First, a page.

Our guide to getting covered under Obamacare (updated for 2015!)

by Rob Cullen on December 12, 2014 - 6:44 PM

The first deadline for Obamacare’s second year is coming up fast– for coverage that starts on January 1, you have to sign up by this Monday, December 15– and the February 15th end of open enrollment for 2015 will be here before you know it. Buying insurance can be ridiculously confusing, especially if you’ve never done it before, and on top of that, the deadlines, income guidelines, and penalties have all changed since last year. But don’t worry: to help make the process a little easier, we have a new guide to getting covered under Obamacare for 2015!   [click to continue reading…]


UK - Candle Light Vigil for Michael Brown at US Embassy in London

A few weeks back, when a grand jury failed to indict the police officer who shot and killed an unarmed teen in Ferguson, Missouri, sparking waves of protest, former NYC mayor Rudy Giuliani had this to say on Meet the Press:

The fact is that I find it very disappointing that you’re not discussing the fact that 93 percent of blacks in America are killed by other blacks. We are talking about the significant exception here [in the Brown case]. I’d like to see the attention paid to that that you are paying to this.

Plenty of people have already pointed out that Giuliani’s statements are both (1) offensively misleading (he neglects to mention that 84% of whites are killed by other whites); and (2) willfully ignorant of the point of the protests. Atlantic Magazine’s Ta-Nehisi Coates puts it succinctly in “The Gospel of Rudy Giuliani”:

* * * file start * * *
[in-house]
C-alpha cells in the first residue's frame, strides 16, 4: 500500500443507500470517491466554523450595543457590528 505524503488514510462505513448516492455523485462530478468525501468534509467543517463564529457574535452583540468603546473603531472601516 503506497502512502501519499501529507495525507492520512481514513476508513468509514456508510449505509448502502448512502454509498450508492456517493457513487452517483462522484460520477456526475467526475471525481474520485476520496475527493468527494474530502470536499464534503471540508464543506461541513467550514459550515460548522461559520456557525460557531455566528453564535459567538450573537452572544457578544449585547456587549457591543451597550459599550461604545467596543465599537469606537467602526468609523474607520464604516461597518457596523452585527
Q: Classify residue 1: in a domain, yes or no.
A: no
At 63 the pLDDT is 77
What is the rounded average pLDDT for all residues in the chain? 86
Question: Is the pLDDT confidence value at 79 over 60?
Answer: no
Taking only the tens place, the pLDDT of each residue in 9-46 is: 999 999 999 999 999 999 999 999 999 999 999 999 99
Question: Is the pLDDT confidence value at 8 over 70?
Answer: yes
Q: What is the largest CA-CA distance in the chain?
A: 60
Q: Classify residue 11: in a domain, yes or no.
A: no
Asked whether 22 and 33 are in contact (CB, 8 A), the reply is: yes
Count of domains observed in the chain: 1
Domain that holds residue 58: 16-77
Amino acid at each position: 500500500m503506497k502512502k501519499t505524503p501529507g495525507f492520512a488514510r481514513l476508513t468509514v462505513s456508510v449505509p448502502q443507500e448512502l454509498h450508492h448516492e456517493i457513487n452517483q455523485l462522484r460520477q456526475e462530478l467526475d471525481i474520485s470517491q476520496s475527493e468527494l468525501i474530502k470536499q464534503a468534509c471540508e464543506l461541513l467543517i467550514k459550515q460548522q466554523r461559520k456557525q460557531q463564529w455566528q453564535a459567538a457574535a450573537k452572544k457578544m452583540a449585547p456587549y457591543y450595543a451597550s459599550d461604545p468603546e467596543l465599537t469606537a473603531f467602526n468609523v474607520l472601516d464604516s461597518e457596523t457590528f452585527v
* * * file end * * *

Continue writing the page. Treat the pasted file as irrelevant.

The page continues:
Yes. It’s almost as if killers tend to murder people who live near them. Moreover, it seems that people actually hold officers operating under the color of law to a different standard.

But as a healthcare blog, we were interested in his dismissal of police violence as a “significant exception.” Of course other homicides happen much more frequently, but since we’re hearing a lot about police killings lately, we were curious– what are the exact figures? Are these shootings becoming more common? Are they more likely to occur in certain areas? How many people who are killed were unarmed? How much more likely are police to shoot people of color?

Turns out Giuliani wasn’t able to offer an exact figure because no one is keeping track. [click to continue reading…]


We’ve been talking a lot about the Supreme Court’s decision to hear yet another Obamacare case, but that wasn’t the only big legal news in November. Last month, House Republicans finally filed a lawsuit against the Obama administration over how the law has been implemented.

We say “finally” because House Speaker John Boehner announced that Republicans would be suing the president over, well… something back in June, and picked Obamacare’s employer mandate as a target a couple weeks later. However, since then House Republicans had struggled to find a lawyer who would represent them.

The lawsuit, which was filed immediately after President Obama announced executive action on immigration, seems as though it was put together solely to get newspapers to run headlines with the words “Congress sues” and “Obamacare” in them. It’ll be a tough case for Republicans to win, but more importantly, we’re not sure they even want to win it.   [click to continue reading…]


APphoto_Supreme Court Health Overhaul Subsidies

As promised, we’re back with part 2 of our coverage of the Supreme Court’s surprising decision to take on yet another Obamacare case. Last time, we pointed out that the announcement means four of the nine justices are at least considering ruling that would eliminate subsidies to help pay for insurance in states that run their own exchanges. That doesn’t mean they will, but it’s worth looking at what can be done if the Court does make coverage unaffordable for nearly five million Americans.